Health claims and risk factors: the General Court of the EU sets some playing field limits

31 July 2014

Nicolas Carbonnelle

In early 2012, two professors of the Leibniz University in Hanover filed an application for annulment of Regulation No 1170/2011 "refusing to authorise certain health claims made on foods and referring to the reduction of disease risk"[1].  On 30 April 2014, the General Court of the EU dismissed their action (T-17/12).

The facts that gave rise to this case date back to 2008, when the two professors submitted a health claim for approval to the German Bundesamt für Verbraucherschuts und Lebensmittelsicherheit, i.e., the German competent authority for the authorisation of health claims.  The claim they submitted was: "regular consumption of significant amounts of water can reduce the risk of development of dehydration and of concomitant decrease of performance".  The scope of the application was proposed to fall under a health claim referring to disease risk reduction, with the general population as the target population of the claim.

After some delay, the EFSA issued a scientific opinion on the claim on 28 January 2011, which held that the Regulation (EC) No 1924/2006 (the "Regulation") defined reduction of disease risk claims as claims which state that the consumption of a food “significantly reduces a risk factor in the development of a human disease”.  As a consequence, the beneficial physiological effect must result from the reduction of a risk factor for the development of a human disease.  The EFSA noted that dehydration was identified as the disease by the applicants and that the proposed risk factors (“water loss in tissues” or “reduced water content in tissues”) were measures of water depletion and thus are measures of the disease, not risk factors per se.  The Panel therefore considered that the proposed claim did not comply with the requirements for a disease risk reduction claim pursuant to Article 14 of the Regulation.

The Commission adopted the EFSA's opinion (see Regulation No 1170/2011), and refused to include the claim in the list of authorised claims.

In support of the action they brought before the GC, the German professors relied on nine pleas in law, four of which were based on breach of EU law, four alleged infringements of essential procedural requirements and the last one claimed that Regulation No 1170/2011 was based on erroneous grounds.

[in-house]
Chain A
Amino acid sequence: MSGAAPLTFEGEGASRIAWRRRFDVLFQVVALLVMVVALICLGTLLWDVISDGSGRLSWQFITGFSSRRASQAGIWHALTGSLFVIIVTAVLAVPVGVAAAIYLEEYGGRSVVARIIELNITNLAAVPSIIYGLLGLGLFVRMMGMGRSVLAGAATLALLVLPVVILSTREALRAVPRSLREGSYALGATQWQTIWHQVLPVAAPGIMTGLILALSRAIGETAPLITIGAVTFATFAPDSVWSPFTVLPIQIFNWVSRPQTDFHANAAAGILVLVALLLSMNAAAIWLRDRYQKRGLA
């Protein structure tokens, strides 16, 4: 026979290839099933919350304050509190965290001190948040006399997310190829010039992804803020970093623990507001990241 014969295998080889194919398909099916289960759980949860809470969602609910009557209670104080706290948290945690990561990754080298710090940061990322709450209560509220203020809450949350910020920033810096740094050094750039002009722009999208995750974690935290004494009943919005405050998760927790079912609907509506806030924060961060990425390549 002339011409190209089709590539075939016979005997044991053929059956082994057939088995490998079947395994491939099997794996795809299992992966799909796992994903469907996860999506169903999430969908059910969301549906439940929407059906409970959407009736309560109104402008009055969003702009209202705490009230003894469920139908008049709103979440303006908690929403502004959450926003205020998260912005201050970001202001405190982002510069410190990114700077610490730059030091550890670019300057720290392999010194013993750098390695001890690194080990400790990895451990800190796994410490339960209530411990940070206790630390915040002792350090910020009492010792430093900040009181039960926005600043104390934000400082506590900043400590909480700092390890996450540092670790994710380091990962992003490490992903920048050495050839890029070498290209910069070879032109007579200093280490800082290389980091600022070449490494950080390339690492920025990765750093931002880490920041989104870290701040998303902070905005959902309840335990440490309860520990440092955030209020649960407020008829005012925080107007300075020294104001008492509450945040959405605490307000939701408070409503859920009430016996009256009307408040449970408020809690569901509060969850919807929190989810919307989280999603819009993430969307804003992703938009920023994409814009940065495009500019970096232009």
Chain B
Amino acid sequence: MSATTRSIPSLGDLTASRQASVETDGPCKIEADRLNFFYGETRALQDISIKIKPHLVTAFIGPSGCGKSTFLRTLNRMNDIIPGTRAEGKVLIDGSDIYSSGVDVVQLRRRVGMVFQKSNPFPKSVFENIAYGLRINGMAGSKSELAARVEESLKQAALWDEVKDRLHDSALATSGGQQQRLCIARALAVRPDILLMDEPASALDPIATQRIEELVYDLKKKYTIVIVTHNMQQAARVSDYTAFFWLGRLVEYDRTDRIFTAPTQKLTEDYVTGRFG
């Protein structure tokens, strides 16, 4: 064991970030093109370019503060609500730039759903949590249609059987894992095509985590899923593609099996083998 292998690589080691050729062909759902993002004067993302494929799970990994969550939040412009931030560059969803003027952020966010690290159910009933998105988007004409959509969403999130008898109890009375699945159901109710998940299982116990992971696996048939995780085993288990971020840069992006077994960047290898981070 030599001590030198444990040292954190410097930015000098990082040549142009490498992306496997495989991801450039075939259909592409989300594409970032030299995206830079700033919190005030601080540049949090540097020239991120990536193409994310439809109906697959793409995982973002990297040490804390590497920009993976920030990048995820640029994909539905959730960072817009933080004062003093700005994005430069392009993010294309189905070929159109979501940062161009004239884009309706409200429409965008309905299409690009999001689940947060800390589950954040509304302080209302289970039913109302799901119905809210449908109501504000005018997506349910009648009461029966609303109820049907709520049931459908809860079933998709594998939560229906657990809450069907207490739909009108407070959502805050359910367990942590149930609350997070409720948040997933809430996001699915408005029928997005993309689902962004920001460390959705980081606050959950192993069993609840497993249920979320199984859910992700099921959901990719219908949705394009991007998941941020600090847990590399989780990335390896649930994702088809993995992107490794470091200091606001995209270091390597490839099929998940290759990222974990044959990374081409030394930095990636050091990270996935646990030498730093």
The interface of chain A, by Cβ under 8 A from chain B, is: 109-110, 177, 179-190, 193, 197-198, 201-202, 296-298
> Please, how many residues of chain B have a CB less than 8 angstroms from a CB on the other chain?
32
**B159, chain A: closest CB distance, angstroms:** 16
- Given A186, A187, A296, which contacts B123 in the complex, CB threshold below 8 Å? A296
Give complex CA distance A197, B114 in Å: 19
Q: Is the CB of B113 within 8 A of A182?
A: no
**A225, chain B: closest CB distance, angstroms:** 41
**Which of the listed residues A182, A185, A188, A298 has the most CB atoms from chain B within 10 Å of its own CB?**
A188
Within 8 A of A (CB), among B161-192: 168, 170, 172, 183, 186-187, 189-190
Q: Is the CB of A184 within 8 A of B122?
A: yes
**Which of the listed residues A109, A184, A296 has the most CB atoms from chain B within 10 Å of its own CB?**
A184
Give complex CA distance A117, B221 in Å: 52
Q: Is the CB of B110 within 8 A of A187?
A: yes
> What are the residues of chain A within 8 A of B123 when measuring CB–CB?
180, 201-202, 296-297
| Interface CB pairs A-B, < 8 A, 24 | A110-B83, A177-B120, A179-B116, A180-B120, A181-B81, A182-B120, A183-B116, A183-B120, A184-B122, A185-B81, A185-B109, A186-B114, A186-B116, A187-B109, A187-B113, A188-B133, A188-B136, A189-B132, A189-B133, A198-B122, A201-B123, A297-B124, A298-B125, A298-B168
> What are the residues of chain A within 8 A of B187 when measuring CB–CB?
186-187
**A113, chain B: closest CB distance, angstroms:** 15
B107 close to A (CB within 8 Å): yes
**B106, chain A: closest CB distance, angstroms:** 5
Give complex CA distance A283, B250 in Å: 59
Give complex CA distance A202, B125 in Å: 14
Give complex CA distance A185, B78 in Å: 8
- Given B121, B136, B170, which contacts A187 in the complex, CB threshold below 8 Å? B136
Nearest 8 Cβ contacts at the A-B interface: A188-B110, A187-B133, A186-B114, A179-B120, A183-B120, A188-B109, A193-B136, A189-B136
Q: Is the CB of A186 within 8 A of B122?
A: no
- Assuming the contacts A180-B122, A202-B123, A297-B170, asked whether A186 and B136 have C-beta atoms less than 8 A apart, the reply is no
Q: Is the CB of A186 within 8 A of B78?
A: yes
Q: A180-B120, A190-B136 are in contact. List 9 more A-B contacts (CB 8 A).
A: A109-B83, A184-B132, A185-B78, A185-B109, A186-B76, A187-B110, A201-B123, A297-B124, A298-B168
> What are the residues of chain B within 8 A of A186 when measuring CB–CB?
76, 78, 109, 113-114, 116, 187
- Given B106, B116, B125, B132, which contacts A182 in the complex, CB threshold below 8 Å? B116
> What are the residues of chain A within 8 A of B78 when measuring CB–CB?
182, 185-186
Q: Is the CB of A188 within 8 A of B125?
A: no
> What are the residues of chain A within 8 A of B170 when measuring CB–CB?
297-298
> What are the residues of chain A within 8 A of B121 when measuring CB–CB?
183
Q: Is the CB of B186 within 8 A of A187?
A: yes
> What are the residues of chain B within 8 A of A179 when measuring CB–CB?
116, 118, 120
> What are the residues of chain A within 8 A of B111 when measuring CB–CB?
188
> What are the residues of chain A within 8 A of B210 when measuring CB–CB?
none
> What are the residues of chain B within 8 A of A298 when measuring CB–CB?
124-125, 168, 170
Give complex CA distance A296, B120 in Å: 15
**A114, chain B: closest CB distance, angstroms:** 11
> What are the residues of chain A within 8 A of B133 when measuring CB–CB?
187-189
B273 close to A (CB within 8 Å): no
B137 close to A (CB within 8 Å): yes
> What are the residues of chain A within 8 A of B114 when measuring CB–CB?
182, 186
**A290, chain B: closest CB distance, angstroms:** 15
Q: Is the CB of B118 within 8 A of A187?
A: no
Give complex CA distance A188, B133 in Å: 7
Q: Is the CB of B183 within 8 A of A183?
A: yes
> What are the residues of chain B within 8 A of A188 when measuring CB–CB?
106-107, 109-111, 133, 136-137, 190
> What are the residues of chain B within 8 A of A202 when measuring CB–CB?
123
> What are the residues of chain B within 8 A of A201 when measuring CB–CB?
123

Inter alia, the applicants argued that no obligation resulted from the Regulation for a "risk factor" to be named in the application and that the Commission had infringed essential procedural requirements in that, instead of issuing a decision, as provided for in the Regulation, it issued a regulation.

The Commission raised grounds of inadmissibility of the application for annulment, and notably held that the professors did not have standing under the Regulation to make the proposal of the claim because they would have only a theoretical interest in the Regulation.  The Court however admitted that the legislature intended to permit any natural or legal person to file an application for authorisation however, and it did not restrict the circle of applicants for authorization (see paragraph 44).

On the merits, the Court however found none of the nine pleas in law raised by the applicants well-founded.  First, the Court confirmed that a risk factor for disease development must be designated in order to support the application for authorisation of a claim referring to disease risk reduction.  Second, while the claimants alleged that a risk factor had actually been submitted – referring to "water loss in tissues" and "reduced water content in tissues" - the court considered that these could not be interpreted as risk factors, and held that they should be considered as measures of dehydration rather than risk factors for developing such disease.  This is in line with the statements made by EFSA and the Commission in the course of the examination of the application for a health claim.  The Court held that it was not disproportionate of the Commission to reject the health claim.  The absence of sufficient legal basis for the regulation rejecting the health claim was also considered not founded, because Regulation No 1170/2011 was based on the authorisation procedure provided for by Article10(1), Article 14(1)(a) and Article 17(1) of the Regulation – and that legal basis was not found inappropriate by the Court.

[1] O.J., 17 November 2011.